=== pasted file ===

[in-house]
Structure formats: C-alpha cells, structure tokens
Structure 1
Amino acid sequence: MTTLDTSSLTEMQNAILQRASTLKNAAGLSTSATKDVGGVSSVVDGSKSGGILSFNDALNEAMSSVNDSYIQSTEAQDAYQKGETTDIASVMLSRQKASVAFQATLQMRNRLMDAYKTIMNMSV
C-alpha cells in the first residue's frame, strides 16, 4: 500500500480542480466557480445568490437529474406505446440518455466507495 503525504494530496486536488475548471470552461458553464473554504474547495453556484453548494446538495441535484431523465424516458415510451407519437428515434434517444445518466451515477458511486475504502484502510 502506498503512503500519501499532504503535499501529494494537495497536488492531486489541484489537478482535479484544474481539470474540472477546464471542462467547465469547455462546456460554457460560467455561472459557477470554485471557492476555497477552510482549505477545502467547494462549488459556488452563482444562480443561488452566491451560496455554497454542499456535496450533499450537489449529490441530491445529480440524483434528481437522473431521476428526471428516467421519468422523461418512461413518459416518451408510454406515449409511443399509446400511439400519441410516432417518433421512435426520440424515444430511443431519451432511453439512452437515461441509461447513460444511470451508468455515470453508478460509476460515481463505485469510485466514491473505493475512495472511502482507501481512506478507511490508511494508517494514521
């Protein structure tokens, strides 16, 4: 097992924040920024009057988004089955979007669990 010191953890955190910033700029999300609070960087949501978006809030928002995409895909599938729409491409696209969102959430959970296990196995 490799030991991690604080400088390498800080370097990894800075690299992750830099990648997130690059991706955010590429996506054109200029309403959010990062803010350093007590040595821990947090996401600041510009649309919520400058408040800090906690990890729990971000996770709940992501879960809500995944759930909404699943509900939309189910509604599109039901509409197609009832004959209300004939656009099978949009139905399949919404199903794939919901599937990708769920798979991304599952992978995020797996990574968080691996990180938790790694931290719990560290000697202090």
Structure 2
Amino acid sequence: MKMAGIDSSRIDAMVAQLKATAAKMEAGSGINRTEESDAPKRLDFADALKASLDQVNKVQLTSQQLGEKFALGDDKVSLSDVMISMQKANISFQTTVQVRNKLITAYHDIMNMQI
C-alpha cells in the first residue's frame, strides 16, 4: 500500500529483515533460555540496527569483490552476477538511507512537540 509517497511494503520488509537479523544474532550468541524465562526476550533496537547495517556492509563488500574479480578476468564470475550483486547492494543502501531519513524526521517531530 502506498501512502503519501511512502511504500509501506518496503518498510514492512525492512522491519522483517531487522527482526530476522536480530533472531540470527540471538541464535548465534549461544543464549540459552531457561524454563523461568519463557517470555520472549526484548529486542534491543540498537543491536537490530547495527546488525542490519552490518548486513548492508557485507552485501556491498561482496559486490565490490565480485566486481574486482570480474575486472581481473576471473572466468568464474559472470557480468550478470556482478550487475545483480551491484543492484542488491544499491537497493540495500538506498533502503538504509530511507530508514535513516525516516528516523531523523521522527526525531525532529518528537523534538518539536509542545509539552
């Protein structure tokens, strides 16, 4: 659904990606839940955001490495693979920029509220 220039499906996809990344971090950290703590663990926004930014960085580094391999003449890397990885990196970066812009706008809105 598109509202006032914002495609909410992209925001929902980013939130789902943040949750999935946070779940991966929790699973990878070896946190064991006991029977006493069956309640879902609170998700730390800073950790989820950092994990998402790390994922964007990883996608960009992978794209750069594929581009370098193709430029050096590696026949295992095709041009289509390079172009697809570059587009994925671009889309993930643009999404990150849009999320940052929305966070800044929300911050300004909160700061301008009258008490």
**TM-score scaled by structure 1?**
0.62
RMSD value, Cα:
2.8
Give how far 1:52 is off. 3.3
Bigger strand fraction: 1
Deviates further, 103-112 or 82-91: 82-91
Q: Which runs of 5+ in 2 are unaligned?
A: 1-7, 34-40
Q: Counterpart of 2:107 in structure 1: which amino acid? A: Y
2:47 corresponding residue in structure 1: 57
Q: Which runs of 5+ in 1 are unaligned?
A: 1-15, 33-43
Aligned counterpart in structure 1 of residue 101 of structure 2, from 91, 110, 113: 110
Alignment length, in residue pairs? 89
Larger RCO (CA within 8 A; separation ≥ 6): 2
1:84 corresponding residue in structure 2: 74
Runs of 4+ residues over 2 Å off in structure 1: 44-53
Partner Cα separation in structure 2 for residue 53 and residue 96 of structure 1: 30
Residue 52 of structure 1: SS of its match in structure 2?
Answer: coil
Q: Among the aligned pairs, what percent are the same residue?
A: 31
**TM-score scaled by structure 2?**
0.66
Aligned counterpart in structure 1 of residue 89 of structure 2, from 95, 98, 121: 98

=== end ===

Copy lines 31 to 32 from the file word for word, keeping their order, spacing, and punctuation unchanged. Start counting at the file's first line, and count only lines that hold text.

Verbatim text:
Answer: coil
Q: Among the aligned pairs, what percent are the same residue?